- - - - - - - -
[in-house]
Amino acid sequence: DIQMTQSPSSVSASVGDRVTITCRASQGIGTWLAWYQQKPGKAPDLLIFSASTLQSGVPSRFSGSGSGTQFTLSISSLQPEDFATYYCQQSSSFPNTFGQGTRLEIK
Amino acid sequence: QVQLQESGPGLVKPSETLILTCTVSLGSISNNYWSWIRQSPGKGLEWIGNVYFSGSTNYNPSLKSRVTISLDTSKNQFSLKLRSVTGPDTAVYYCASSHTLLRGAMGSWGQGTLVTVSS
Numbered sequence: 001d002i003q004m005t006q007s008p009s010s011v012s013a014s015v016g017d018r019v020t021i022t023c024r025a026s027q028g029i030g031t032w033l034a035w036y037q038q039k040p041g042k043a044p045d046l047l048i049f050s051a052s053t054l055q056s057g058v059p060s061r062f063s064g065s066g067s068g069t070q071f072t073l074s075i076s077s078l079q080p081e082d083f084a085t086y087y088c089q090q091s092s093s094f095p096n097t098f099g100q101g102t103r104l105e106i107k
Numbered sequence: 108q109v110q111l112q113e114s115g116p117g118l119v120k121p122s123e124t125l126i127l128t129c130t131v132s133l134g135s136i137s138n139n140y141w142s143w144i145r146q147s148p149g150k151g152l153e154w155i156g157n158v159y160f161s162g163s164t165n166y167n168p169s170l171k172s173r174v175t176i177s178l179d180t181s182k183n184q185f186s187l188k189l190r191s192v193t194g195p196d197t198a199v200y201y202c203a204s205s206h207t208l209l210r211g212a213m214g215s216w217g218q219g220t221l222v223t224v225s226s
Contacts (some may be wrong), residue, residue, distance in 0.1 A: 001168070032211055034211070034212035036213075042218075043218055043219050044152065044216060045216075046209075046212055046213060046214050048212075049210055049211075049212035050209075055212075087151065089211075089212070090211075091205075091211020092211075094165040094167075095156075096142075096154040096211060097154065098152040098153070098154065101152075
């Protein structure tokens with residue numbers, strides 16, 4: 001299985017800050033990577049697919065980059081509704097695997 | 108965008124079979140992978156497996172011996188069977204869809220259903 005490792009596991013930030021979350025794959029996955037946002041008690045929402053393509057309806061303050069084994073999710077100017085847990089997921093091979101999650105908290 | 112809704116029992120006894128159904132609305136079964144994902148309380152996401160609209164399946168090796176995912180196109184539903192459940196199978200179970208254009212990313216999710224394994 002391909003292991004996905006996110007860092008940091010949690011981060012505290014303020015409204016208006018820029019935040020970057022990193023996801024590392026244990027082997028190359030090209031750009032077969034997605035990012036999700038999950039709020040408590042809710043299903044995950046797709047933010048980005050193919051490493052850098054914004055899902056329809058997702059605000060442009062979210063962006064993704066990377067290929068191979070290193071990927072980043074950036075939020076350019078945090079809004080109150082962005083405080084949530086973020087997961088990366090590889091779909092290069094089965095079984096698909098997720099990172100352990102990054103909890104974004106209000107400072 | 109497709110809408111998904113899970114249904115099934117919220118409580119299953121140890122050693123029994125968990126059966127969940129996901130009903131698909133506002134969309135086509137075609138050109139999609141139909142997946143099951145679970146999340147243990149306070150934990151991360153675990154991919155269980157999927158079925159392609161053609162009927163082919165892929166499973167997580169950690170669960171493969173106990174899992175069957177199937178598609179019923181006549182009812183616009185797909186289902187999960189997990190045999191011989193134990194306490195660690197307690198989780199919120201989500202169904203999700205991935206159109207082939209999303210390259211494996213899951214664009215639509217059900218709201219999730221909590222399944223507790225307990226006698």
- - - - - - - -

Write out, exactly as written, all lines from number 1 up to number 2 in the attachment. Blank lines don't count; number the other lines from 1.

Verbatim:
[in-house]
Amino acid sequence: DIQMTQSPSSVSASVGDRVTITCRASQGIGTWLAWYQQKPGKAPDLLIFSASTLQSGVPSRFSGSGSGTQFTLSISSLQPEDFATYYCQQSSSFPNTFGQGTRLEIK